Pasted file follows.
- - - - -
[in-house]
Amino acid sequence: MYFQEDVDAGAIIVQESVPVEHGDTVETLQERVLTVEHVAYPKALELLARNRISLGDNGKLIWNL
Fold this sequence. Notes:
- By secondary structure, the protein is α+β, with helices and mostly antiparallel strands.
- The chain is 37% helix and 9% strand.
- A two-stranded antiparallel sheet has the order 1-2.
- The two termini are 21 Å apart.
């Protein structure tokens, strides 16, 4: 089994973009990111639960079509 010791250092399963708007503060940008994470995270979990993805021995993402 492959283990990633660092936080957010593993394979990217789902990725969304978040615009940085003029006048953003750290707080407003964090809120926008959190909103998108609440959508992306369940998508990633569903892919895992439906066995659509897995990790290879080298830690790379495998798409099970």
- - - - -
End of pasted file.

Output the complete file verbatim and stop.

[in-house]
Amino acid sequence: MYFQEDVDAGAIIVQESVPVEHGDTVETLQERVLTVEHVAYPKALELLARNRISLGDNGKLIWNL
Fold this sequence. Notes:
- By secondary structure, the protein is α+β, with helices and mostly antiparallel strands.
- The chain is 37% helix and 9% strand.
- A two-stranded antiparallel sheet has the order 1-2.
- The two termini are 21 Å apart.
């Protein structure tokens, strides 16, 4: 089994973009990111639960079509 010791250092399963708007503060940008994470995270979990993805021995993402 492959283990990633660092936080957010593993394979990217789902990725969304978040615009940085003029006048953003750290707080407003964090809120926008959190909103998108609440959508992306369940998508990633569903892919895992439906066995659509897995990790290879080298830690790379495998798409099970």